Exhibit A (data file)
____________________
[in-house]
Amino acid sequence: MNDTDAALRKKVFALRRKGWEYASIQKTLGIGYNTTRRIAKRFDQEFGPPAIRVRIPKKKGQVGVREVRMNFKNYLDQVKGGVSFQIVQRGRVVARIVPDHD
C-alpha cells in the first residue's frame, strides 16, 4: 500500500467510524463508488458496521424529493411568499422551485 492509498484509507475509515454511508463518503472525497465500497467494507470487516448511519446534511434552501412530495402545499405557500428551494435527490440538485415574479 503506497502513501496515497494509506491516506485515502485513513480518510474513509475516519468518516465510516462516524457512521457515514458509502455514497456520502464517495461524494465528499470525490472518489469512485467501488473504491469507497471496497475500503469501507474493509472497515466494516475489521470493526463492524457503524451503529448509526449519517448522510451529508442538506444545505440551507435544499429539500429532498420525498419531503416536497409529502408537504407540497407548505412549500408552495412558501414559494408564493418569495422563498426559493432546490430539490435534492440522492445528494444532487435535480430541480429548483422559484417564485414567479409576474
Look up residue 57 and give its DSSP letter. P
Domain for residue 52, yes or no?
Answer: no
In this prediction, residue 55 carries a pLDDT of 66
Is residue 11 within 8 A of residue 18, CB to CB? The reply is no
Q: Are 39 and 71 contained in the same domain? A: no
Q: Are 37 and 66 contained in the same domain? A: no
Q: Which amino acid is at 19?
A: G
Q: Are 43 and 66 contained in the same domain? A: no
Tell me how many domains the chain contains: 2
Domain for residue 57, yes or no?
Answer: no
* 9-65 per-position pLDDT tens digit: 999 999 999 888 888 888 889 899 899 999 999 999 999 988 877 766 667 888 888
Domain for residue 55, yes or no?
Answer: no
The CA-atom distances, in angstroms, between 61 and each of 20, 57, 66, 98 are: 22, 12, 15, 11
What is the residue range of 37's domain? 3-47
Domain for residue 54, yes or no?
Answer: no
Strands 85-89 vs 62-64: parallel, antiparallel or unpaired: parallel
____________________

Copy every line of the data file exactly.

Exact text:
[in-house]
Amino acid sequence: MNDTDAALRKKVFALRRKGWEYASIQKTLGIGYNTTRRIAKRFDQEFGPPAIRVRIPKKKGQVGVREVRMNFKNYLDQVKGGVSFQIVQRGRVVARIVPDHD
C-alpha cells in the first residue's frame, strides 16, 4: 500500500467510524463508488458496521424529493411568499422551485 492509498484509507475509515454511508463518503472525497465500497467494507470487516448511519446534511434552501412530495402545499405557500428551494435527490440538485415574479 503506497502513501496515497494509506491516506485515502485513513480518510474513509475516519468518516465510516462516524457512521457515514458509502455514497456520502464517495461524494465528499470525490472518489469512485467501488473504491469507497471496497475500503469501507474493509472497515466494516475489521470493526463492524457503524451503529448509526449519517448522510451529508442538506444545505440551507435544499429539500429532498420525498419531503416536497409529502408537504407540497407548505412549500408552495412558501414559494408564493418569495422563498426559493432546490430539490435534492440522492445528494444532487435535480430541480429548483422559484417564485414567479409576474
Look up residue 57 and give its DSSP letter. P
Domain for residue 52, yes or no?
Answer: no
In this prediction, residue 55 carries a pLDDT of 66
Is residue 11 within 8 A of residue 18, CB to CB? The reply is no
Q: Are 39 and 71 contained in the same domain? A: no
Q: Are 37 and 66 contained in the same domain? A: no
Q: Which amino acid is at 19?
A: G
Q: Are 43 and 66 contained in the same domain? A: no
Tell me how many domains the chain contains: 2
Domain for residue 57, yes or no?
Answer: no
* 9-65 per-position pLDDT tens digit: 999 999 999 888 888 888 889 899 899 999 999 999 999 988 877 766 667 888 888
Domain for residue 55, yes or no?
Answer: no
The CA-atom distances, in angstroms, between 61 and each of 20, 57, 66, 98 are: 22, 12, 15, 11
What is the residue range of 37's domain? 3-47
Domain for residue 54, yes or no?
Answer: no
Strands 85-89 vs 62-64: parallel, antiparallel or unpaired: parallel